Ask anyone who knew of Gucci Mane five years ago if they could have ever envisioned the success he is currently experiencing and the majority of answers would have ended in a laugh. Due to the unrelenting production of mixtapes, guest features, chart landing singles and, unfortunately, jail sentences, the buzz surrounding Radric Davis has done a complete 180°. This new found appreciation for the man and his music has led to an increased retail presence. Coming off 2009’s The State Vs. Radric Davis, Gucci’s newest creation, The Appeal: Georgia’s Most Wanted looks to establish the ATL trapper as a force to be reckoned with on the mainstream circuit.
It doesn’t take a rocket scientist to analyze Gucci’s bread and butter. Anytime he can find himself over track rattling instrumentals lamenting his street life mentality, the outcome is normally a notch in the win column. The album’s opener, “Little Friend,” is a clear cut example of such. The Brick Squad General bathes in his hood splendor, channeling his inner Tony Montana with lines like “I coulda been a doctor, I shoulda been a lawyer/I been to court so much I coulda been my own employer.” A commanding Bun B verse riding shotgun helps the cause as well. After digesting this exact blueprint, The Appeal is certainly a top heavy CD with vintage La Flare tracks such as “Trap Talk” and “What’s It Gonna Be” both landing within the first five songs.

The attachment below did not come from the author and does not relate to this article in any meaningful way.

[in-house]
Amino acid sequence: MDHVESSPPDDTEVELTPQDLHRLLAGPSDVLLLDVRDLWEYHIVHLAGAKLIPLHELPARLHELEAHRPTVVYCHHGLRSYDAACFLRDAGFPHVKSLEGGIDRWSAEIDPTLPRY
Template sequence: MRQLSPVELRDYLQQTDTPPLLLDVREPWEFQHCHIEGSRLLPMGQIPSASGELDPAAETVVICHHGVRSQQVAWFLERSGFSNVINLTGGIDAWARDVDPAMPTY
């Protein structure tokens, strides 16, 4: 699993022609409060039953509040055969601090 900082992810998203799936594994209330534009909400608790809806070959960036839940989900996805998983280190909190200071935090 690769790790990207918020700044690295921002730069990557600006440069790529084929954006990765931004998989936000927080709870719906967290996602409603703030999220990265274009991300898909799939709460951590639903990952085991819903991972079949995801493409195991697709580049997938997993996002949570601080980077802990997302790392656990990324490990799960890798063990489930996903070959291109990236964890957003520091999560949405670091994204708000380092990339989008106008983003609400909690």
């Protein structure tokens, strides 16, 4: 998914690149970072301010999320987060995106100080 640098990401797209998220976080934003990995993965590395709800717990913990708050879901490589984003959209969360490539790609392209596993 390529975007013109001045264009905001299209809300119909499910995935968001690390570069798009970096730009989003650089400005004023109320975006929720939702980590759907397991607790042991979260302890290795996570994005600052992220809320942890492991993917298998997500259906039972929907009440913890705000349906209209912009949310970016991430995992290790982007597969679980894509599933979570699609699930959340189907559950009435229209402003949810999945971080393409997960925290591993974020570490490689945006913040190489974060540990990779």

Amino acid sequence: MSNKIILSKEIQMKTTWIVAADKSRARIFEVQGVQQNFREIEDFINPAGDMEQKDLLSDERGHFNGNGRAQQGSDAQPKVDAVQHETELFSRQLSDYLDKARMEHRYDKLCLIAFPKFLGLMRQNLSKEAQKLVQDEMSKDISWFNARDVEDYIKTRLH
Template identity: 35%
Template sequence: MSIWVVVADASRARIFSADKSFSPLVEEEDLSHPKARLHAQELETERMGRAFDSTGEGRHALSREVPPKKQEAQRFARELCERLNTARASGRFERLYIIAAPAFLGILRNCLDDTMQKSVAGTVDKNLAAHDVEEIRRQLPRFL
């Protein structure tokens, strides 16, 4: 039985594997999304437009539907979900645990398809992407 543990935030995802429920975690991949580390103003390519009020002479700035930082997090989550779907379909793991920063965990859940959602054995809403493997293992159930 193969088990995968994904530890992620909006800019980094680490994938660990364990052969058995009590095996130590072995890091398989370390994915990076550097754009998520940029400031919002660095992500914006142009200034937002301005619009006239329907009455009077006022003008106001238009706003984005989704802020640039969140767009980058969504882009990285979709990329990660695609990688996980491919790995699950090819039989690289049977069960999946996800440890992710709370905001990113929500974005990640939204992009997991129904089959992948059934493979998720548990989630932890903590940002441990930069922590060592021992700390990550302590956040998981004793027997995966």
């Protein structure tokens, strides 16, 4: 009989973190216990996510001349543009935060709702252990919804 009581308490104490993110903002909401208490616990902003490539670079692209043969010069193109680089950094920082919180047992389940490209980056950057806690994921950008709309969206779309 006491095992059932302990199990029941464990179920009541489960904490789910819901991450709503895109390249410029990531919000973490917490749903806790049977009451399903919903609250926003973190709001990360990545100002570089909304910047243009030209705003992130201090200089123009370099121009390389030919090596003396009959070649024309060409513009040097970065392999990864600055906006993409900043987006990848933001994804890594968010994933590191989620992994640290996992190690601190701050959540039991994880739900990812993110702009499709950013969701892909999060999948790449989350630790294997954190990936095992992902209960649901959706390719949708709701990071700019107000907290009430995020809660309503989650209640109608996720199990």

Things begin to go awry when the feeling of forced records begin to present themselves. While his Swizz Beatz produced and featured “Gucci Time” results in average at best, the album’s unequivocal lowpoint is “Remember When” featuring Ray J. Features aren’t the problem on a Gucci Mane album; ill placed features are. The Pharrell and Nicki Minaj-assisted “Haterade” will likely cause many to sip (and spit out) the same beverage whereas the second Swizz track–“It’s Alive”–do little to stimulate interest from any perspective.
Simply put, when Gucci hits, it’s close to undeniable. He and FATBOI could potentially strike gold again with the infectious cut “Party Animal” while his partnership with Estelle on “Grown Man” comes as a pleasant surprise to close out the hearing. When Gucci misses, however, it’s also undeniable, albeit from a completely different vantage point. In The Appeal, Georgia’s Most Wanted has an album which showcases his strengths and weaknesses, sometimes back-to-back. Where it ranks ultimately in his catalog is yet be seen. For his sake and his fans’, let’s just hope he can stay out the reach of the long arm of the law this time to properly promote it.